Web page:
Tell Us Your Ideas for Developing a 21st Century Schubert Club

By Barry Kempton

Did you know The Schubert Club has a Digital Technology Committee?

Yes, though our name harkens back to the 19th century and though we will always be a musical organization steeped in history, we formed this committee last year to develop some clarity around how we utilize technology now, where we’re currently missing out and, perhaps most importantly, where we should be focusing our resources (limited of course) as we plan for the future. 

In the past six months, we have received an excellent digital technology audit of current practice (thanks to excellent work by Aaron Wulff) and brainstormed a variety of directions in which technology could take us.  Imagine for instance a Google street view tour of our Museum. 

After several broad discussions, we have narrowed our attention to exploring how technology can enhance music events.  Our main “laboratory” will be Schubert Club Mix (since this is intentionally a concert series with less formality).  We will be developing ideas for at least one of the four programs next season.  I can’t reveal how the experience will be different, as the plan is not complete yet.  I do know however, that we intend to interact with our audience in the days preceding the concert and that the first part of the concert experience in the venue is likely to engage the audience in “doing stuff” upon arrival – before even the musical performance begins.   Our intent is for it to be fun and informative.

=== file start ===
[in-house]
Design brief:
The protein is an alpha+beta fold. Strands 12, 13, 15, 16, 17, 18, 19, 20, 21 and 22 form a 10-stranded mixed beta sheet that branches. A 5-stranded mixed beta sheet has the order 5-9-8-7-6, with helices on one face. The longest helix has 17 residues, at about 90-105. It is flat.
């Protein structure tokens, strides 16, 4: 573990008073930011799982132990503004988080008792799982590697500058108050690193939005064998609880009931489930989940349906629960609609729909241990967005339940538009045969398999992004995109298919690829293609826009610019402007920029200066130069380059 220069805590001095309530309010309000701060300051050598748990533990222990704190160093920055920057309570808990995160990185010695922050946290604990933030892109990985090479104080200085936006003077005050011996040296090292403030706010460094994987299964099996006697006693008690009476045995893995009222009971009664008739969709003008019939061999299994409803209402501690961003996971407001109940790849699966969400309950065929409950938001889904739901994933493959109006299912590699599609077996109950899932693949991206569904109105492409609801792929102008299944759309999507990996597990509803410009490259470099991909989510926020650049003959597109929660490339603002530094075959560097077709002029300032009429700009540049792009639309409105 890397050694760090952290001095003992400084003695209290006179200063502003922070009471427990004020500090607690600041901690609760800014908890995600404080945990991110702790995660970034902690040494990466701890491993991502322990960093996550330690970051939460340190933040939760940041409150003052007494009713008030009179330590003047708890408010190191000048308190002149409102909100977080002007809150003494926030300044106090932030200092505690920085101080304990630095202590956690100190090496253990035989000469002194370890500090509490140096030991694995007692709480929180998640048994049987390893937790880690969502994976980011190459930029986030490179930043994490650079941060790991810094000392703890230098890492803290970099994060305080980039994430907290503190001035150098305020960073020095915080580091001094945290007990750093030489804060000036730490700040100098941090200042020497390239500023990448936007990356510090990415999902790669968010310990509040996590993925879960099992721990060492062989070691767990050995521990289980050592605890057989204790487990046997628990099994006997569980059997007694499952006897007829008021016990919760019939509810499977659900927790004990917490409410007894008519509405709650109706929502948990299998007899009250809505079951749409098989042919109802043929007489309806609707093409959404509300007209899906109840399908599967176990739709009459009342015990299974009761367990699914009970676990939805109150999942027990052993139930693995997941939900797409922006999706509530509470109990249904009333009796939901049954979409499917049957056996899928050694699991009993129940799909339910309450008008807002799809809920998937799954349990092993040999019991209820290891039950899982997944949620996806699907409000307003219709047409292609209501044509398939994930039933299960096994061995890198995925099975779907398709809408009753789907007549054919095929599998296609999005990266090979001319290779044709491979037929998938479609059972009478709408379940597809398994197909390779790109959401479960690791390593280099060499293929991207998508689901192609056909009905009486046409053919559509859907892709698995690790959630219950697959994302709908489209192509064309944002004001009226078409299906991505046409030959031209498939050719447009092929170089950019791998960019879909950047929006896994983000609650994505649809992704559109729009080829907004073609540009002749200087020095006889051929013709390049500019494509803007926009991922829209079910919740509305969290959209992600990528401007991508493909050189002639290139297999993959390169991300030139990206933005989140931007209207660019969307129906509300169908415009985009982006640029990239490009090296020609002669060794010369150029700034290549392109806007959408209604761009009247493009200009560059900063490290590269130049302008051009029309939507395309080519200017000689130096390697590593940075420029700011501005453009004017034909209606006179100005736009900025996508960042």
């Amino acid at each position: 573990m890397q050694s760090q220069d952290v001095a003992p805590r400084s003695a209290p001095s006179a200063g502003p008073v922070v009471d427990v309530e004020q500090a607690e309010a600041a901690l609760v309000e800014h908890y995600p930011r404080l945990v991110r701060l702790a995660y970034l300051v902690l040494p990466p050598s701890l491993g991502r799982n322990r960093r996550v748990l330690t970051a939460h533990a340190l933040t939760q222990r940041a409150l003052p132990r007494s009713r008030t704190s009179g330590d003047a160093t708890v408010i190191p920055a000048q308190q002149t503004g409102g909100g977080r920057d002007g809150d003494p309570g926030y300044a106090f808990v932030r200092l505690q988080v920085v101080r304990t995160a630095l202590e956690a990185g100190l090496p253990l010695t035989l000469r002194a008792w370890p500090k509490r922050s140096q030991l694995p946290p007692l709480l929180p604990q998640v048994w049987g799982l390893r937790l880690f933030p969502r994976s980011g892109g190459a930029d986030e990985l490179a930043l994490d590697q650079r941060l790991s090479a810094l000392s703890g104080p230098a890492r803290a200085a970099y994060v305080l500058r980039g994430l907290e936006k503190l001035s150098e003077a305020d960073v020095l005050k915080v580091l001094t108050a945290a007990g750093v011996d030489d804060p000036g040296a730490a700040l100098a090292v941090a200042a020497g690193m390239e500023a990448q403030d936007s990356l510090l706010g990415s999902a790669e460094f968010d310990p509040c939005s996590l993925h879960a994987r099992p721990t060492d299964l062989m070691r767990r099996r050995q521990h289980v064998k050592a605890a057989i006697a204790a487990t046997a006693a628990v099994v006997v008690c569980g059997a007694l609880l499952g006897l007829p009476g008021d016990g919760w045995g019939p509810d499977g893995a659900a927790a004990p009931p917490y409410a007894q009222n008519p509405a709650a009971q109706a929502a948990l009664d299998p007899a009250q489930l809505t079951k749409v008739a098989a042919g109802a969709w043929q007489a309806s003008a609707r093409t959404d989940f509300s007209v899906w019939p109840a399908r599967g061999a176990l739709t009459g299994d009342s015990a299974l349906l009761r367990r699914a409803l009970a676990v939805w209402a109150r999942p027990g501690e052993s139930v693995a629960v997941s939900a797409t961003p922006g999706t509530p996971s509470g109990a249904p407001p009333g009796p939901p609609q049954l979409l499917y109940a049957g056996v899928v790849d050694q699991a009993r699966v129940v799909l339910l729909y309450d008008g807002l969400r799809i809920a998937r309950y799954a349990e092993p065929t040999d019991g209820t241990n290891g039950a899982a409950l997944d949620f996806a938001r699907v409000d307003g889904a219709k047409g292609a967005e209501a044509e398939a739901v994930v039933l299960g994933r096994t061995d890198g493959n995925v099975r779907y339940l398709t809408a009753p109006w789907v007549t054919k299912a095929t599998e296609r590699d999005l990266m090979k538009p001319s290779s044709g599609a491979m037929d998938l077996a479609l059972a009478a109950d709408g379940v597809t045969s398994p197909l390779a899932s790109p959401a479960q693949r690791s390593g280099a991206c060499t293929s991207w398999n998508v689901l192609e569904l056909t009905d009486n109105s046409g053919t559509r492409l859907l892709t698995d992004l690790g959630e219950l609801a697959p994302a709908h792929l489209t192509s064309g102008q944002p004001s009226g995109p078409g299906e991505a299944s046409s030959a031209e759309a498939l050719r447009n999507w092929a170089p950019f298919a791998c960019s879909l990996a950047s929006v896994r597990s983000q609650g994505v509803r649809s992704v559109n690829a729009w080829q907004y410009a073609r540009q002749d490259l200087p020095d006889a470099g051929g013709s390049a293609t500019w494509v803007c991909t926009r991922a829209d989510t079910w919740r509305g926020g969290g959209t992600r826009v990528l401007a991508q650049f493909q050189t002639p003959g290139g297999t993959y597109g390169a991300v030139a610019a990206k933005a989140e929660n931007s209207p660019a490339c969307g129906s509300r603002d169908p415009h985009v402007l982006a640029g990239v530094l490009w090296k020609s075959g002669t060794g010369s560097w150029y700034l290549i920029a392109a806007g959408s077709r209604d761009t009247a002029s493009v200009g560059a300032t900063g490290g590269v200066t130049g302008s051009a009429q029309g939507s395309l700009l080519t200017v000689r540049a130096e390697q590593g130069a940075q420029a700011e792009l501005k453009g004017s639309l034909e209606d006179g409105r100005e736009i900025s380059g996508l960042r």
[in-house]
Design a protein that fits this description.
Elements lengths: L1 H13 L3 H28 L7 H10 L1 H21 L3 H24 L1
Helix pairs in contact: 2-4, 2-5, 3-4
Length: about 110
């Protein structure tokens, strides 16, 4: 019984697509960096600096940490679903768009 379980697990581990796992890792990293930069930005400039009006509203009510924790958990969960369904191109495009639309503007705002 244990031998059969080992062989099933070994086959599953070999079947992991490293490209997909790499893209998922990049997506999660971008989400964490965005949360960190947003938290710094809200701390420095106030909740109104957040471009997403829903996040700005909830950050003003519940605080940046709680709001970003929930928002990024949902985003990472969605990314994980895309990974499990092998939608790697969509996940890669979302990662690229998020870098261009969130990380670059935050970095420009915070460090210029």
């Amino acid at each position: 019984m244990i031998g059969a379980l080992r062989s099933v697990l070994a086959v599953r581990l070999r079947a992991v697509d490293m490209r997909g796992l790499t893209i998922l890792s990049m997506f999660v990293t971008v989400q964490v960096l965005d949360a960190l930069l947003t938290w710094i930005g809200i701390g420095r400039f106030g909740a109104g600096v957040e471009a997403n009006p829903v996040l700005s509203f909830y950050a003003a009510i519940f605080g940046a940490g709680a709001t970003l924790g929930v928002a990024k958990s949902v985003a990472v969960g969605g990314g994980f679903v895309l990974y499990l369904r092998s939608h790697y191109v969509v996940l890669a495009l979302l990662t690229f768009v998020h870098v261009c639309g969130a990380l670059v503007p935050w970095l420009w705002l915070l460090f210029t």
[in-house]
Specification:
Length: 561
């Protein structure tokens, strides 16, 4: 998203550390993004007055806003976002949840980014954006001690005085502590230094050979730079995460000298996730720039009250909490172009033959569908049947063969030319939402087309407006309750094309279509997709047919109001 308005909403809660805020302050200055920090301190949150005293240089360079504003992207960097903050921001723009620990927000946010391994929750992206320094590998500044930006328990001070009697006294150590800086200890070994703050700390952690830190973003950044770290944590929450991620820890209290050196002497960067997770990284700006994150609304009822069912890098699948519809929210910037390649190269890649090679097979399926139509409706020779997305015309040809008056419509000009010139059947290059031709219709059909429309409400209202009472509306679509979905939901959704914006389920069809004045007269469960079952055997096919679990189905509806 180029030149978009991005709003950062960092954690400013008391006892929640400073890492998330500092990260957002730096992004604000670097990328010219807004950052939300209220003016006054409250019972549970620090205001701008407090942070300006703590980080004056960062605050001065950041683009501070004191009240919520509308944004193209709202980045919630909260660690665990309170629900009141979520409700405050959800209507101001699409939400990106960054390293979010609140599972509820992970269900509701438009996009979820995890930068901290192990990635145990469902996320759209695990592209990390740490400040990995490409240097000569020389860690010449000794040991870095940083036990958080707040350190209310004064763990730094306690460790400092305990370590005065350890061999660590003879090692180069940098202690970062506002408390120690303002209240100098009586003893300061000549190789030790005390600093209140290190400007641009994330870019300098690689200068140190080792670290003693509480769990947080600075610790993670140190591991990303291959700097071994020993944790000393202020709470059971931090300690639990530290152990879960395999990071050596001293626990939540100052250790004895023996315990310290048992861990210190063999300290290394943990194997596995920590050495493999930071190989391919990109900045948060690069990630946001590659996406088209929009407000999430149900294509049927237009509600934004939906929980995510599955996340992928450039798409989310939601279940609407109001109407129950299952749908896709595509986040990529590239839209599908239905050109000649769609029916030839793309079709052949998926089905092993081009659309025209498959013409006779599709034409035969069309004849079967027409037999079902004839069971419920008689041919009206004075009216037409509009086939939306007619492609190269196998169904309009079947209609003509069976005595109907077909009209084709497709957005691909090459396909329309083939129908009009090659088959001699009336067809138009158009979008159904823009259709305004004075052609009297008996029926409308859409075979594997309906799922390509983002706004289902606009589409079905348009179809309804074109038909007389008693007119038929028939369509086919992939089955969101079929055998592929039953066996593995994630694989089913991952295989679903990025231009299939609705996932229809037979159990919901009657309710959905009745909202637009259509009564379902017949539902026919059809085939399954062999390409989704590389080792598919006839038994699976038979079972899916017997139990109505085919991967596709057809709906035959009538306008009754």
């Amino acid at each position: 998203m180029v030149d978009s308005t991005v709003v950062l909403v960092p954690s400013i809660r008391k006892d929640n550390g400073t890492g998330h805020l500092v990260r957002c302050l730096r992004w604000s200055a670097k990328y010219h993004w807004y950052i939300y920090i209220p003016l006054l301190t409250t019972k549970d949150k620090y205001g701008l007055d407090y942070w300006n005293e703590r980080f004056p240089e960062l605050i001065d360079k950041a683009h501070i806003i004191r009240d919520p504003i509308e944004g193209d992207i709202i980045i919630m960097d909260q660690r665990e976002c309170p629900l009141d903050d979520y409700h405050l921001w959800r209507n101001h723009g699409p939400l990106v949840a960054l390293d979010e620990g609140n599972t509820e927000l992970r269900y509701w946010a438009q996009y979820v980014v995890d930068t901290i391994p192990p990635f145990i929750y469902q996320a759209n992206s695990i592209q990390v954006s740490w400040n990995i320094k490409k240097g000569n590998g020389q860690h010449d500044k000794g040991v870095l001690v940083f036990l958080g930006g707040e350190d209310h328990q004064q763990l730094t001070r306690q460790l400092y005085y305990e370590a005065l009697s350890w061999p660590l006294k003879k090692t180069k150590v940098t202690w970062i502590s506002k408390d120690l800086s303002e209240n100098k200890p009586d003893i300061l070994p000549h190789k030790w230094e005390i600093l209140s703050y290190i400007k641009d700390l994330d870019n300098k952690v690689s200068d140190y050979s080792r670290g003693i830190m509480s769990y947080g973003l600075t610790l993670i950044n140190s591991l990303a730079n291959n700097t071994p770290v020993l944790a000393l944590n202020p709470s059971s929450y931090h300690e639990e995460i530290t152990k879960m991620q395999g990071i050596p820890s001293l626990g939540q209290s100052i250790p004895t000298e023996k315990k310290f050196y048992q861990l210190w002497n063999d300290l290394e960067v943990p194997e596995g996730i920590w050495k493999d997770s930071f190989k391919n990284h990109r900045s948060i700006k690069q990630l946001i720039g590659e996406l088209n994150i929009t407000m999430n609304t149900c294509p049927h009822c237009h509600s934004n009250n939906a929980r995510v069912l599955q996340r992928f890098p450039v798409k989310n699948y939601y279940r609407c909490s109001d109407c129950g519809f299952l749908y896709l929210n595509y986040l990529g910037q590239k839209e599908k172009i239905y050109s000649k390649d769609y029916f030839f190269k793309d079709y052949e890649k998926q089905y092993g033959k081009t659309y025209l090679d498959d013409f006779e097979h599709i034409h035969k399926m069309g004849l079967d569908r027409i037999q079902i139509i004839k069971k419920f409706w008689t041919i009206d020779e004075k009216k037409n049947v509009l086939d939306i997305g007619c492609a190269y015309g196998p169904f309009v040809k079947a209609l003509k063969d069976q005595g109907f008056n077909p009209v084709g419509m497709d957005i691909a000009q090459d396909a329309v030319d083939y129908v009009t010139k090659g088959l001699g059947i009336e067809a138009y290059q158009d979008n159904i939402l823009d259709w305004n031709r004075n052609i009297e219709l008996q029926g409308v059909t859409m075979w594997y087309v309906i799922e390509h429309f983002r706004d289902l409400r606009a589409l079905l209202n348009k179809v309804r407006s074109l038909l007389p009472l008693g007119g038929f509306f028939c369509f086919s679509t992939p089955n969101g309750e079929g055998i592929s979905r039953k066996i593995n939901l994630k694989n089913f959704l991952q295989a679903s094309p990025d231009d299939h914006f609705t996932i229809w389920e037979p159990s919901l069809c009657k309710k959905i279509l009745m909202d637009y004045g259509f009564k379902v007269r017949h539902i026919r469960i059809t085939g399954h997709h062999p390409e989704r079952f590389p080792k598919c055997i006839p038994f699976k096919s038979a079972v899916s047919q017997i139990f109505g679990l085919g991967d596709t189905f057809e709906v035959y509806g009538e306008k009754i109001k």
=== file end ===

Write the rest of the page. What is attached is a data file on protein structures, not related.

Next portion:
Whatever we do, it will not detract from the performance itself and will be respectful to the performers.

We are interested to know about experiences you have had which have enhanced a concert you’ve attended – especially those using technology.  Please do let us know in the comments below. The development of this program will be happening over the coming 2-3 months.

On a separate note, I was saddened today to learn of Sir Peter Maxwell Davies’ death.  I had the privilege of working with Max early in my career at the Scottish Chamber Orchestra – both in programming and for several years coordinating the composer institute he led on the Island of Hoy.   He was a great man, a very special musician and someone who commanded total respect without ever demanding it.  But most of all, I will remember him as a passionate advocate for music education, able to speak more articulately than anyone I know (always without notes) on the importance of music in the lives of young people.  Thank you Max for the difference you made in so many lives.